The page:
The UK's fertility watchdog is considering if embryos should be screened for cancer genes.
Embryos could be tested for a wider selection of genes
The Human Fertility and Embryology Authority is asking for the public's views on the possibility.
It is possible to screen embryos for genes linked to breast, ovarian and some colon cancers.
But carrying the genes does not guarantee disease will develop, so the HFEA is asking if it is appropriate to test for them.
The embryo screening technique known as preimplantation genetic diagnosis (PGD).
It is available at 10 fertility clinics across the UK so that parents with a family history of serious conditions, such as cystic fibrosis and Huntington's disease, can test embryos and avoid passing on the faulty gene which leads to the condition.
Last year the HFEA issued a licence to University College London to screen embryos for the gene that causes familial adenomatous polyposis (FAP) - a condition linked to some bowel cancers.
In the future it is possible that women who carry high risk breast cancer genes like BRCA1 and BRCA2 and have a family history of the disease could opt to have fertility treatment just to screen out these genes - even if they were able to conceive naturally.
The technique could also be used on women who are having IVF anyway because they have not been able to have a baby naturally.
'Chance to think'
The HFEA's policy team has been reviewing the issue of extending screening to conditions where carrying a gene does not definitely lead to disease since the start of the year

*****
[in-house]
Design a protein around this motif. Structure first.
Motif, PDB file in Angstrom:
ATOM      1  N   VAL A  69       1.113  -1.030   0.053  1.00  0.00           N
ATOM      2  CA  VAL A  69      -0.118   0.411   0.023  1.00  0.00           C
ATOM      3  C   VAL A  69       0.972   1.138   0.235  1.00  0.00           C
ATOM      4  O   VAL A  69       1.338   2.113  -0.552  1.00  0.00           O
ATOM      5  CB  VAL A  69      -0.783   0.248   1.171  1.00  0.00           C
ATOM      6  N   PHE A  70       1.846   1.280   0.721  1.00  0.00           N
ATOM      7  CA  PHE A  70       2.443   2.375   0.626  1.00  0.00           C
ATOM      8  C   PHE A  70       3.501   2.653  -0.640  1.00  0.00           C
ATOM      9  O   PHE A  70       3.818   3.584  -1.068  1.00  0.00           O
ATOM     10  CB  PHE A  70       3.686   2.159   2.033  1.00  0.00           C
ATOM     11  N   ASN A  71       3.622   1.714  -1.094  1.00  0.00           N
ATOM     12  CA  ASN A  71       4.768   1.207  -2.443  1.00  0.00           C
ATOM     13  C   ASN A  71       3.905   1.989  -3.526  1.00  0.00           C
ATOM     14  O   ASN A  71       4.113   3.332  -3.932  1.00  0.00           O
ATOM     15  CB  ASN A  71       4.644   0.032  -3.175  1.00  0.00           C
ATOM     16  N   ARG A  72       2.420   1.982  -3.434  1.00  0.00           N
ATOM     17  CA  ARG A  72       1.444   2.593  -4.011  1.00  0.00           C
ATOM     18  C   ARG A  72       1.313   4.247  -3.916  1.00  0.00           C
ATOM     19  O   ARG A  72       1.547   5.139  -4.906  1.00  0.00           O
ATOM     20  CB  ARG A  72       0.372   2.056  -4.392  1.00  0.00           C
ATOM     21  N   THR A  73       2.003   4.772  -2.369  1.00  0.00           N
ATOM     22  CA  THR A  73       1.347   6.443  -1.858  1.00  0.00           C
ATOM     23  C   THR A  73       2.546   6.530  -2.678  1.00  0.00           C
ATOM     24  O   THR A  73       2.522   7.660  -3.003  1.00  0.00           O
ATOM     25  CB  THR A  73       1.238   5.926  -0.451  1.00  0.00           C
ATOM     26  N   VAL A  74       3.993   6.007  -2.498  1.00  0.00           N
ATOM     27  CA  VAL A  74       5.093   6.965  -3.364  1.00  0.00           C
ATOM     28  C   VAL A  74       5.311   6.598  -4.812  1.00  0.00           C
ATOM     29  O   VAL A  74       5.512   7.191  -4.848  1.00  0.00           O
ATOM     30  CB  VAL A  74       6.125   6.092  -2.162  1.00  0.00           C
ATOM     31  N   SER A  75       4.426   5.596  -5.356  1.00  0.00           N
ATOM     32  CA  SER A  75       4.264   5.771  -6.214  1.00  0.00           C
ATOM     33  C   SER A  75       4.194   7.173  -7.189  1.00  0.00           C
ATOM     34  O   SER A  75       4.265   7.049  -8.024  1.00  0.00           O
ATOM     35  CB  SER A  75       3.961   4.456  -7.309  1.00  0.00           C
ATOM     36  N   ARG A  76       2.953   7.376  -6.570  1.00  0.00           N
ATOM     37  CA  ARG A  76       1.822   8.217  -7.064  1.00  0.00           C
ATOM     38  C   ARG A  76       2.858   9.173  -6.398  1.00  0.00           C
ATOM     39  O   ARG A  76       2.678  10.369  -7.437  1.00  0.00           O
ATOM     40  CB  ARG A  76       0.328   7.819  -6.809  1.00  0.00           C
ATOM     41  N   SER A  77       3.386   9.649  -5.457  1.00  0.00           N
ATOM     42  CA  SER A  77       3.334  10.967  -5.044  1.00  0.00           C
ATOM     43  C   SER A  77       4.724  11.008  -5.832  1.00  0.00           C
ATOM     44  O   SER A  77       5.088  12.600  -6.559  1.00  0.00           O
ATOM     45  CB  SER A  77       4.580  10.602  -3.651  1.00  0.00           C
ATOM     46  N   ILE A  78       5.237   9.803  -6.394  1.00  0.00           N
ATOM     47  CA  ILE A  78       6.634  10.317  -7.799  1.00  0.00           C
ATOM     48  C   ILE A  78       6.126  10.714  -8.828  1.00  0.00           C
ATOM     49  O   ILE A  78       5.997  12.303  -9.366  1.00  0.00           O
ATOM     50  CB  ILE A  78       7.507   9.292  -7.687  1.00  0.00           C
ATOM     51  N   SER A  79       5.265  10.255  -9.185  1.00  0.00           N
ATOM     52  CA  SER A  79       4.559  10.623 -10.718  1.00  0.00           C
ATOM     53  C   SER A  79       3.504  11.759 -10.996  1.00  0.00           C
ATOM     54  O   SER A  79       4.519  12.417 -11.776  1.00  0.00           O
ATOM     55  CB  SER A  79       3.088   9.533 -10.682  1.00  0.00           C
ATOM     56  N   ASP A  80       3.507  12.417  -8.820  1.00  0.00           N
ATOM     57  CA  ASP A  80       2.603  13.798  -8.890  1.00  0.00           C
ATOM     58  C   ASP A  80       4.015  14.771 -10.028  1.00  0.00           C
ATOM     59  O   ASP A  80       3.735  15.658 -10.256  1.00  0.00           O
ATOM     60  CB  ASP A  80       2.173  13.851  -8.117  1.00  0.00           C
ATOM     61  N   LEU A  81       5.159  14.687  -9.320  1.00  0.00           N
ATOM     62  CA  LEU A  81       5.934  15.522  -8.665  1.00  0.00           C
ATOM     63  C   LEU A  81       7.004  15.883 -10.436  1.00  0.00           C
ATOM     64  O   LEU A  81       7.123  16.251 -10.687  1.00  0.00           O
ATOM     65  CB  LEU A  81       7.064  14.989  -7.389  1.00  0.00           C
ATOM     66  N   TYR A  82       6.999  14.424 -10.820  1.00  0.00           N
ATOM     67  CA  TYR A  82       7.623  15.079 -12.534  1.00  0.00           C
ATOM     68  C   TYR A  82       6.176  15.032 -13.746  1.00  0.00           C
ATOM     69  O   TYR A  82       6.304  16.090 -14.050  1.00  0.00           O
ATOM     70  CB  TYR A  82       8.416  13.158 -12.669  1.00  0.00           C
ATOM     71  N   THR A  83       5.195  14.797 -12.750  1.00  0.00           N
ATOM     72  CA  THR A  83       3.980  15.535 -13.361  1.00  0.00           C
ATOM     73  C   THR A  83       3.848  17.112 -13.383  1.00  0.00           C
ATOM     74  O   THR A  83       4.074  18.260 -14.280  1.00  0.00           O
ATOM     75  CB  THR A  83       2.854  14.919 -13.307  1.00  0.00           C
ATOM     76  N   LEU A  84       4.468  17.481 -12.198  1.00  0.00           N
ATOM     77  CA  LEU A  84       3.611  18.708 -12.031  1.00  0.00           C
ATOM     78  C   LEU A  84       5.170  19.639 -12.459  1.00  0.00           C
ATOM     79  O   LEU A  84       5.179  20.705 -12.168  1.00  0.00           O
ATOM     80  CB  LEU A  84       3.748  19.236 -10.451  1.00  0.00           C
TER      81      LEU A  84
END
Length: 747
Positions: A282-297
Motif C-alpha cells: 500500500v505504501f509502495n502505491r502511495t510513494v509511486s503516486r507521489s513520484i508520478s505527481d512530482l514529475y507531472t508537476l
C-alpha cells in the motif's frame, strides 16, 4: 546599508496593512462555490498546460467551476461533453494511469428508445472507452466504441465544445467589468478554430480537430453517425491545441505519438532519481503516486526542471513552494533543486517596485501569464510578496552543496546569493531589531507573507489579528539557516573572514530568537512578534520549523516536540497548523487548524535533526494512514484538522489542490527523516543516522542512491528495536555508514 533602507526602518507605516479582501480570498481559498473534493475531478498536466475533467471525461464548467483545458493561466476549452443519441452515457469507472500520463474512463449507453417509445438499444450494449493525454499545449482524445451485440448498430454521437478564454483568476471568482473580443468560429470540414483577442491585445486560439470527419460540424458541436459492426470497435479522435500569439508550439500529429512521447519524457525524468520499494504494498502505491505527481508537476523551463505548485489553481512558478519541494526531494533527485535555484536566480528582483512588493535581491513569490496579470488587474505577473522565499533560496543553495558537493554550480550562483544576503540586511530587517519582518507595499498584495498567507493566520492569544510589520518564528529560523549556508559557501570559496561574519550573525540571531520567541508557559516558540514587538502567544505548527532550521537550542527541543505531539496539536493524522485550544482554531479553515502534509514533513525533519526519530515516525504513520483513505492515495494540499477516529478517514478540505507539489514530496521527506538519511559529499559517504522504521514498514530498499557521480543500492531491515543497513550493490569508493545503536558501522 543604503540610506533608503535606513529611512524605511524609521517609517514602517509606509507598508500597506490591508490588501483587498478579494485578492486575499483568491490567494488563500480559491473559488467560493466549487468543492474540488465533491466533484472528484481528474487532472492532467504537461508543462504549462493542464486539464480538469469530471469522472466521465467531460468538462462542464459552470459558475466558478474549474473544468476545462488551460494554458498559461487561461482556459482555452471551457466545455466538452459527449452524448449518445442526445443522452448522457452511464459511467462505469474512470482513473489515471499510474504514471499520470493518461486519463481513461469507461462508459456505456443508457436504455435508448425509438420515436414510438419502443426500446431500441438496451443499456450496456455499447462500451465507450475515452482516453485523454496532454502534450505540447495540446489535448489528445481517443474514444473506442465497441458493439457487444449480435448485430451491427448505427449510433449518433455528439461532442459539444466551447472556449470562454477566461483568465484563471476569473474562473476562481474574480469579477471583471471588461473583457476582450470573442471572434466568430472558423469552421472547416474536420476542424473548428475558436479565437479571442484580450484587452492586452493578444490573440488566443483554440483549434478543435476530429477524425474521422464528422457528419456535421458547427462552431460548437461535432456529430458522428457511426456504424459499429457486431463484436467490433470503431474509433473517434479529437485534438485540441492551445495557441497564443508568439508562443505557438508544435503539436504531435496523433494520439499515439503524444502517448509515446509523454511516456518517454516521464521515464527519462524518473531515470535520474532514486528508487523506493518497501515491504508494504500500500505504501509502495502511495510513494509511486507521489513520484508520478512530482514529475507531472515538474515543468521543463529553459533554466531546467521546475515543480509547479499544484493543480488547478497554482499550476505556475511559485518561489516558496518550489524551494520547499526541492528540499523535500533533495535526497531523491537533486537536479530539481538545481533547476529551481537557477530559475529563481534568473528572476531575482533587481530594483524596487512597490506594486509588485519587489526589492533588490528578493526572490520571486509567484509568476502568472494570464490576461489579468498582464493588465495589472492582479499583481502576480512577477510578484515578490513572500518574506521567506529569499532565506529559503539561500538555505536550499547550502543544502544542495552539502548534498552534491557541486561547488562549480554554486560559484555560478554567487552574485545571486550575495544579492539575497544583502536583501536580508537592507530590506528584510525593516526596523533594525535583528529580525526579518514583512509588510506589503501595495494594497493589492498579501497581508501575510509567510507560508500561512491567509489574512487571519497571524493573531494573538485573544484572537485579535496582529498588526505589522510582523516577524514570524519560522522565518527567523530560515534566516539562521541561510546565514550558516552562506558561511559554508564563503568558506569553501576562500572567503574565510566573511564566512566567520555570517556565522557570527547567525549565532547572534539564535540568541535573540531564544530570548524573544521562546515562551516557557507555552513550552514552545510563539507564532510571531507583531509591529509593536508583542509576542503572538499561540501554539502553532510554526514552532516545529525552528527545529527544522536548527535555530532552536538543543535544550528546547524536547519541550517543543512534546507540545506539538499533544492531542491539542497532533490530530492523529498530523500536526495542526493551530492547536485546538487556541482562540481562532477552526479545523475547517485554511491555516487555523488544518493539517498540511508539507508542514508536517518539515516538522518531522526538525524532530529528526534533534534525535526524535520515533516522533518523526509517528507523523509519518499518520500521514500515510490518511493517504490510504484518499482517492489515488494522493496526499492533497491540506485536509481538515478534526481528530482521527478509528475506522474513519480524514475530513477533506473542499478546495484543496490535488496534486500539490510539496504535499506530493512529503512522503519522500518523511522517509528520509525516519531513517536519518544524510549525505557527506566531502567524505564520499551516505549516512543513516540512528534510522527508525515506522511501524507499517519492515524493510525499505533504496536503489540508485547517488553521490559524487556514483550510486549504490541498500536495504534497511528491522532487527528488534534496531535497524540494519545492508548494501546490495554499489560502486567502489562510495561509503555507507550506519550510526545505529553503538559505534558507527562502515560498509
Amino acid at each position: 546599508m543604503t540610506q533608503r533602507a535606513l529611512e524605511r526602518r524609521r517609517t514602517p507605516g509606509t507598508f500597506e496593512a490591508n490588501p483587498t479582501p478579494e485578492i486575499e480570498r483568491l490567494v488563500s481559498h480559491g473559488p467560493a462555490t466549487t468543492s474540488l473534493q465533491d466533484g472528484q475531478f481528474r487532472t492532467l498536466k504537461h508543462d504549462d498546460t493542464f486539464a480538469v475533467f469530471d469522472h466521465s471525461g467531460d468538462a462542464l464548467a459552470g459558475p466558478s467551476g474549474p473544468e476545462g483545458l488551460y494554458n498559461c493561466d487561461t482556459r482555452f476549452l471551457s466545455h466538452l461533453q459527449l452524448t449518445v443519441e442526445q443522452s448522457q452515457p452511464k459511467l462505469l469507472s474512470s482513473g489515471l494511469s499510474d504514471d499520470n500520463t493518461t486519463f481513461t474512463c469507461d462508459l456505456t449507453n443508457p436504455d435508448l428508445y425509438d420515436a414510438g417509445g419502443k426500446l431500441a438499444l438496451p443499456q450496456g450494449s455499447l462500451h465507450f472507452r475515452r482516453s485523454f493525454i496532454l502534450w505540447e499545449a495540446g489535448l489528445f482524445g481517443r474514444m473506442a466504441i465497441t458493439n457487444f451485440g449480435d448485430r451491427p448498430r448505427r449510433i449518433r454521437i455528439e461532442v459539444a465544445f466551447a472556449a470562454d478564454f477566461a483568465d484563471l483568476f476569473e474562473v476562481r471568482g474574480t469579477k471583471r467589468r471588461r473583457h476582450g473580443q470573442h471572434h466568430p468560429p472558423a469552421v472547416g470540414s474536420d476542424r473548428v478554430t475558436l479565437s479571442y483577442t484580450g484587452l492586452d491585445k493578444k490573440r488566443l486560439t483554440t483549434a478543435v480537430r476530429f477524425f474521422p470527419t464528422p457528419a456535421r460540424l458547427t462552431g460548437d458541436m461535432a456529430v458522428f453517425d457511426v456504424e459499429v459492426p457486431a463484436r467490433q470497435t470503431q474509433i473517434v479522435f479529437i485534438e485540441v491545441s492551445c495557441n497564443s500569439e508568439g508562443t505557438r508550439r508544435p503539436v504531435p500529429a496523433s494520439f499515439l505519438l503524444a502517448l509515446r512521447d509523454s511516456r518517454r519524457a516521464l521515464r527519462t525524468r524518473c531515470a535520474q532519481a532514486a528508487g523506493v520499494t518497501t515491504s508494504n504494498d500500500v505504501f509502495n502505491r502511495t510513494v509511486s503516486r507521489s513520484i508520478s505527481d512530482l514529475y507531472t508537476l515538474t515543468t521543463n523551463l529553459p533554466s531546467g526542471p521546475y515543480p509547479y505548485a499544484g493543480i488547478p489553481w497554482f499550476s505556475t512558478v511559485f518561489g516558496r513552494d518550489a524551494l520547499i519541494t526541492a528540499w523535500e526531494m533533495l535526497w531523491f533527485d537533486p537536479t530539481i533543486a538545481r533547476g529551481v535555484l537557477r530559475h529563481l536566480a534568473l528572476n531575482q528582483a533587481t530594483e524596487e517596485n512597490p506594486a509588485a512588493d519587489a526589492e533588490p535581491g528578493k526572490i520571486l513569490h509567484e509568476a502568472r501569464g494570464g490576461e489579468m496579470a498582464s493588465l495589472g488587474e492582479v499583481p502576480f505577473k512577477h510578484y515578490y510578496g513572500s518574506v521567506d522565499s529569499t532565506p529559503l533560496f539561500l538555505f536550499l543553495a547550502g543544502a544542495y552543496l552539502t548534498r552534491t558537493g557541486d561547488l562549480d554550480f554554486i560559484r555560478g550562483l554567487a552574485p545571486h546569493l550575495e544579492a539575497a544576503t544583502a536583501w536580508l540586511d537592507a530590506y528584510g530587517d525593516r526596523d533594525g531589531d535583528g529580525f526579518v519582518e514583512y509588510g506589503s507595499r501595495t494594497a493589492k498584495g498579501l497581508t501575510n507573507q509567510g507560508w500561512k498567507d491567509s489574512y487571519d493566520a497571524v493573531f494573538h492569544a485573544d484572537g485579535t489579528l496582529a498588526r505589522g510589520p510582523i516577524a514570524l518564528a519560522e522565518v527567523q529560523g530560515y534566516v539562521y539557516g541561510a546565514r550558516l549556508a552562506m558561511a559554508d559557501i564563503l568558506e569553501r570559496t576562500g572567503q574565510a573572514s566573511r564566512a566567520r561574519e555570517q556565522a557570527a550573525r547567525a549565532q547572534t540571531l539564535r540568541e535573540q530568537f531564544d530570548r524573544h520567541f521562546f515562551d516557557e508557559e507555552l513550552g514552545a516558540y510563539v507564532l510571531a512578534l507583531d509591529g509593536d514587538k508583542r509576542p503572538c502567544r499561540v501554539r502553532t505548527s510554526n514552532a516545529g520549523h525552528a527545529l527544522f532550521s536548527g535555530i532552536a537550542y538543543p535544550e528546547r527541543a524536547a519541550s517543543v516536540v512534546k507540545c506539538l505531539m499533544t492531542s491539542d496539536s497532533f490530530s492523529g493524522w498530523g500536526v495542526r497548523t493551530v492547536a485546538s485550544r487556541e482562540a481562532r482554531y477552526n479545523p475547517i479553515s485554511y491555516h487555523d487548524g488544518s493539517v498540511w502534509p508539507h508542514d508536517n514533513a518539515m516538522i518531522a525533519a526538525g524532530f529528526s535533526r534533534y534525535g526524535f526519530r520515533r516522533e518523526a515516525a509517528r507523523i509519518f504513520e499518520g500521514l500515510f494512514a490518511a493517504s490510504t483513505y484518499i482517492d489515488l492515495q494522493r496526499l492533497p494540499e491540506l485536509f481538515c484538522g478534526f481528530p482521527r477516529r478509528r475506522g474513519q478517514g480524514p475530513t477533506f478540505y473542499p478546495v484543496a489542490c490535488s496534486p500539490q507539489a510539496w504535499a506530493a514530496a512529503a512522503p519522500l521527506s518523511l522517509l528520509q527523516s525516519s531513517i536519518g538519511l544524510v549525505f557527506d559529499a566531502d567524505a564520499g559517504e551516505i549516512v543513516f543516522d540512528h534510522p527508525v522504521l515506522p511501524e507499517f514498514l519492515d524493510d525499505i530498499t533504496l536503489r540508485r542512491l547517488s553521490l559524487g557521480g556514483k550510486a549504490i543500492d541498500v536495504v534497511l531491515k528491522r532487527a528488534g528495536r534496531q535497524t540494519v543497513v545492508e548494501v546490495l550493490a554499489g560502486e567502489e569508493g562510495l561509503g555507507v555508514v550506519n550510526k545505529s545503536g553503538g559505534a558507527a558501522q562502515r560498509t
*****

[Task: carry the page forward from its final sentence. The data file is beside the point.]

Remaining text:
Angela McNab, HFEA chief executive, said: "Embryo screening technology can be used to enable families to avoid the birth of a child with a faulty gene that will always lead to the child developing a particular genetic condition, such as cystic fibrosis and Huntington's disease."
She added: "The question that we want to ask people is, should this technology also be used on diseases that people have a lower chance of getting and may occur later on in life?
"Our policy team have identified that we are likely to have to consider applications for using treatment in this way for inherited breast cancer and other conditions in the near future.
"It is important that we are open about the issues that we may face in the future and give people the chance to think about them."
She said some women with a strong family history of inherited breast cancer chose to have a double mastectomy before they have developed symptoms to reduce their risk of developing cancer later.
"No parent would wish their daughter to have such major and traumatic surgery.
"But not every woman who carries the faulty breast cancer gene will develop the disease."
Ms McNabb added: "What we are asking people is whether it is appropriate to use embryo screening technology to stop children being born with faulty genes when there is a chance they may never go on to suffer the cancer."
Tony Rutherford, of the British Fertility Society, warned new technology sounded "exciting".
But he added: "the reality is that the techniques are still not that successful and are expensive."
Josephine Quintavalle of the campaign group Comment on Reproductive Ethics, said: "Yet again we are asked to comment on the testing and destruction of IVF embryos, under the cosy euphemism that they are screening out serious genetic disorders or preventing the passing on of inheritable diseases.
"But the acceptable solution is to find effective cures for the diseases themselves not to kill the patients at the embryo or foetal stage.
"This is the only ethical way forward in the application of our new genetic knowledge."